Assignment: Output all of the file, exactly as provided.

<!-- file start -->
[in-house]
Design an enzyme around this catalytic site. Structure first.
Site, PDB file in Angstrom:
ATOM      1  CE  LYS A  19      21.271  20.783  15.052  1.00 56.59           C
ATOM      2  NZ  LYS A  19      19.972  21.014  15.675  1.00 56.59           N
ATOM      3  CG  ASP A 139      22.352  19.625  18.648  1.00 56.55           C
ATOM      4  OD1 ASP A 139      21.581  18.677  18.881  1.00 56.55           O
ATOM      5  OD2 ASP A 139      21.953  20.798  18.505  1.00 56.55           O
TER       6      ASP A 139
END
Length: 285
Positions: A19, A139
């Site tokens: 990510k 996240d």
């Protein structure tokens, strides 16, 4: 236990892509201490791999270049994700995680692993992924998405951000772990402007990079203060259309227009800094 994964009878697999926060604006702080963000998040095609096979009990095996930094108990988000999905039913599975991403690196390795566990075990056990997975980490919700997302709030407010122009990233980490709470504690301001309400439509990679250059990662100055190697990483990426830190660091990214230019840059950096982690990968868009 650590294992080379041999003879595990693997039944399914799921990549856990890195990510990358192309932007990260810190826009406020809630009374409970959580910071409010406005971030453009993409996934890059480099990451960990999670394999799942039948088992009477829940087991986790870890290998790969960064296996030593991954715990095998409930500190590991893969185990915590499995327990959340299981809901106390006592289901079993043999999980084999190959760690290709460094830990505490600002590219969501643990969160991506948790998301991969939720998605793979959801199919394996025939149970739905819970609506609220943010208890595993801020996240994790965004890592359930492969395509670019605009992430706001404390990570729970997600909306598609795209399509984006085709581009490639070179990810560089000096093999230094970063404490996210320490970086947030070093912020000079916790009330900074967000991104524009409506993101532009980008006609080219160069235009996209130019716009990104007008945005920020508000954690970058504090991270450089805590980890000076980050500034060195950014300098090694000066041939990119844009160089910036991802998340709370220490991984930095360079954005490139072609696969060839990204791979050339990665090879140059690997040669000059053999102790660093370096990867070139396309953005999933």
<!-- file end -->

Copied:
[in-house]
Design an enzyme around this catalytic site. Structure first.
Site, PDB file in Angstrom:
ATOM      1  CE  LYS A  19      21.271  20.783  15.052  1.00 56.59           C
ATOM      2  NZ  LYS A  19      19.972  21.014  15.675  1.00 56.59           N
ATOM      3  CG  ASP A 139      22.352  19.625  18.648  1.00 56.55           C
ATOM      4  OD1 ASP A 139      21.581  18.677  18.881  1.00 56.55           O
ATOM      5  OD2 ASP A 139      21.953  20.798  18.505  1.00 56.55           O
TER       6      ASP A 139
END
Length: 285
Positions: A19, A139
């Site tokens: 990510k 996240d």
């Protein structure tokens, strides 16, 4: 236990892509201490791999270049994700995680692993992924998405951000772990402007990079203060259309227009800094 994964009878697999926060604006702080963000998040095609096979009990095996930094108990988000999905039913599975991403690196390795566990075990056990997975980490919700997302709030407010122009990233980490709470504690301001309400439509990679250059990662100055190697990483990426830190660091990214230019840059950096982690990968868009 650590294992080379041999003879595990693997039944399914799921990549856990890195990510990358192309932007990260810190826009406020809630009374409970959580910071409010406005971030453009993409996934890059480099990451960990999670394999799942039948088992009477829940087991986790870890290998790969960064296996030593991954715990095998409930500190590991893969185990915590499995327990959340299981809901106390006592289901079993043999999980084999190959760690290709460094830990505490600002590219969501643990969160991506948790998301991969939720998605793979959801199919394996025939149970739905819970609506609220943010208890595993801020996240994790965004890592359930492969395509670019605009992430706001404390990570729970997600909306598609795209399509984006085709581009490639070179990810560089000096093999230094970063404490996210320490970086947030070093912020000079916790009330900074967000991104524009409506993101532009980008006609080219160069235009996209130019716009990104007008945005920020508000954690970058504090991270450089805590980890000076980050500034060195950014300098090694000066041939990119844009160089910036991802998340709370220490991984930095360079954005490139072609696969060839990204791979050339990665090879140059690997040669000059053999102790660093370096990867070139396309953005999933």